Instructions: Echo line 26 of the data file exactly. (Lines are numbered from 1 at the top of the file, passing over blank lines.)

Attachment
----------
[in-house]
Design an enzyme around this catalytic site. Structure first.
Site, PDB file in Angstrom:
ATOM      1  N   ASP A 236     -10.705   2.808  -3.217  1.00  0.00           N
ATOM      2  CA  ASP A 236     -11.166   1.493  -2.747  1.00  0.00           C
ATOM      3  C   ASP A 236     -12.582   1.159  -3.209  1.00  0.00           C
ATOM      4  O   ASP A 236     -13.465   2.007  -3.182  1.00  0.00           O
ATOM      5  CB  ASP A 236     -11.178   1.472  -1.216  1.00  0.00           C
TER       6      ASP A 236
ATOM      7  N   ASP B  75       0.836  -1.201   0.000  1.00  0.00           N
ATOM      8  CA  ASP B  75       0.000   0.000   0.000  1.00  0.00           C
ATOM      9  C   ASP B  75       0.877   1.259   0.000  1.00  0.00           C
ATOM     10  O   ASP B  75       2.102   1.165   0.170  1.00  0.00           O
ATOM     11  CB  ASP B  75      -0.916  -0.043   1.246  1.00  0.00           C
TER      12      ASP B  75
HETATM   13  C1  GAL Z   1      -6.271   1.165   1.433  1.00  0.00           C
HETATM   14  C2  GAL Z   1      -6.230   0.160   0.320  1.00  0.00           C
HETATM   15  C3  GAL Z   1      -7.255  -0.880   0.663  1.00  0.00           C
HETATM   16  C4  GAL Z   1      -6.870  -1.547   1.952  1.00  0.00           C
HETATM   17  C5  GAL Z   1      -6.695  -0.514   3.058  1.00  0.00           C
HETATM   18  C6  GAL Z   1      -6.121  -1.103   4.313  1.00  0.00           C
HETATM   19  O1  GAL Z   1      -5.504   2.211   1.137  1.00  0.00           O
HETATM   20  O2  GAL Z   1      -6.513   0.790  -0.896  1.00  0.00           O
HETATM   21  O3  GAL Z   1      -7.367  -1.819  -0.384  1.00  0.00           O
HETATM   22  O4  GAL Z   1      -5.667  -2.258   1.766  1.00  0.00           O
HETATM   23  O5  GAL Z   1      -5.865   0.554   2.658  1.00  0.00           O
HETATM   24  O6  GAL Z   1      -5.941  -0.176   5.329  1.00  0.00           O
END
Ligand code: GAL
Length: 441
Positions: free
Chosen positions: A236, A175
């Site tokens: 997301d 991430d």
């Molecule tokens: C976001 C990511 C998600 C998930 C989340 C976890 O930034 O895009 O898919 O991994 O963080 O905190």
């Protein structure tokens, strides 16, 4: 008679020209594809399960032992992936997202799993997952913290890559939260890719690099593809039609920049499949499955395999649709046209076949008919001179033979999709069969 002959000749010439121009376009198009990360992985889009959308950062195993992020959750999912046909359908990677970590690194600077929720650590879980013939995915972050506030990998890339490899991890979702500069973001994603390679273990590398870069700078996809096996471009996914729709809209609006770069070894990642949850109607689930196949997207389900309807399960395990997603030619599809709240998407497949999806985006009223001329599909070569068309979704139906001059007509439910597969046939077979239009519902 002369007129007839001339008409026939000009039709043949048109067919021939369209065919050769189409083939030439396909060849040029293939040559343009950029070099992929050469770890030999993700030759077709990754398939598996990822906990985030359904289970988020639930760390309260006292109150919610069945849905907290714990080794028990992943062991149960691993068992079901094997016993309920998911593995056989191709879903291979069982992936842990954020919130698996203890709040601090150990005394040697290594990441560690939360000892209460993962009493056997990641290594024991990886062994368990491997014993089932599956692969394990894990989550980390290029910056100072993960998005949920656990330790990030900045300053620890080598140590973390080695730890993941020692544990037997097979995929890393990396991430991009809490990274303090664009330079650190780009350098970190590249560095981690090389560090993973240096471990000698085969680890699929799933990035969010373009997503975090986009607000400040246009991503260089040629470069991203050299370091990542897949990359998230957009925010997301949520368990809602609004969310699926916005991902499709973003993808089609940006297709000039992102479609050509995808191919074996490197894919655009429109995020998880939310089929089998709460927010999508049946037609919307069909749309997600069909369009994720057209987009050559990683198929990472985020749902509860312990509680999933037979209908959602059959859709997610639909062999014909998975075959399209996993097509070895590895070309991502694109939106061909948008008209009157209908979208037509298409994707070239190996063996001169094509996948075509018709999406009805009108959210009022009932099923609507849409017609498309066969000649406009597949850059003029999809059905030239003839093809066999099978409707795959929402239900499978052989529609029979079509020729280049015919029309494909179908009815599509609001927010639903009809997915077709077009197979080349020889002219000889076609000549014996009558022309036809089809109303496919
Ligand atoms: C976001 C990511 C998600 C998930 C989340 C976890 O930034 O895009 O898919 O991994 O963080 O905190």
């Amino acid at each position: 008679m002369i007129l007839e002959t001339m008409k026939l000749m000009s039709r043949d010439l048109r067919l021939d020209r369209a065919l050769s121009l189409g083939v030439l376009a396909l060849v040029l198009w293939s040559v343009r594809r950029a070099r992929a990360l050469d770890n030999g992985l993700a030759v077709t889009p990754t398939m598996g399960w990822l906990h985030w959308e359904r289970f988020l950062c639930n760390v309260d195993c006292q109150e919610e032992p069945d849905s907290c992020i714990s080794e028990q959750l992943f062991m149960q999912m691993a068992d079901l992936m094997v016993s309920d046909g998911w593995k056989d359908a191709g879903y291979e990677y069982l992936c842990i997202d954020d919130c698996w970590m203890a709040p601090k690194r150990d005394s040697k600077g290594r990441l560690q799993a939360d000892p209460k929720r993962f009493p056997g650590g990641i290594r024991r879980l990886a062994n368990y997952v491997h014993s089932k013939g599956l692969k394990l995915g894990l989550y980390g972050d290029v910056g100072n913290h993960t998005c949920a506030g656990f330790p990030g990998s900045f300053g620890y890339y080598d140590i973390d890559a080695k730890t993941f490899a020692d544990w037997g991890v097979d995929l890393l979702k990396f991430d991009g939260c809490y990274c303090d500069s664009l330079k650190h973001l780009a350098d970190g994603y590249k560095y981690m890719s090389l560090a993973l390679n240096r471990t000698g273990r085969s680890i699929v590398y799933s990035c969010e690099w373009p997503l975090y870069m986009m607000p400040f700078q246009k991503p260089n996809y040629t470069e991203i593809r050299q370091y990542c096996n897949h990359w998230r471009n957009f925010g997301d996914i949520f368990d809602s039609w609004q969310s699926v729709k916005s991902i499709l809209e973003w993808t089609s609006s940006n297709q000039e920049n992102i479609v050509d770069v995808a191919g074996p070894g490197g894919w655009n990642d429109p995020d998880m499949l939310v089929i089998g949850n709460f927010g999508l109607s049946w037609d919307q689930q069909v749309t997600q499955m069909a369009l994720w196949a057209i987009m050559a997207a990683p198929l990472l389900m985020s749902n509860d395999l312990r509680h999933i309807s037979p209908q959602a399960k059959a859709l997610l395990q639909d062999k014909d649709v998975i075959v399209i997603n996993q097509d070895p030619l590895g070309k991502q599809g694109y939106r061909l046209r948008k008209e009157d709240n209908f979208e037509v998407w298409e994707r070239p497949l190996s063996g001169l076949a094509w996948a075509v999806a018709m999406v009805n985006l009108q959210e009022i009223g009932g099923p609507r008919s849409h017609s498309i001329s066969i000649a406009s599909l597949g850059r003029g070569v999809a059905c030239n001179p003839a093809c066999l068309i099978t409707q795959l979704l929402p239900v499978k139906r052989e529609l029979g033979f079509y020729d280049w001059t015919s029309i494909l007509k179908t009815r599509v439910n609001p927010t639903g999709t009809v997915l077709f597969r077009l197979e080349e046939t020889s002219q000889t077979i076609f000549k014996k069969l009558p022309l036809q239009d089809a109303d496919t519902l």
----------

HETATM   23  O5  GAL Z   1      -5.865   0.554   2.658  1.00  0.00           O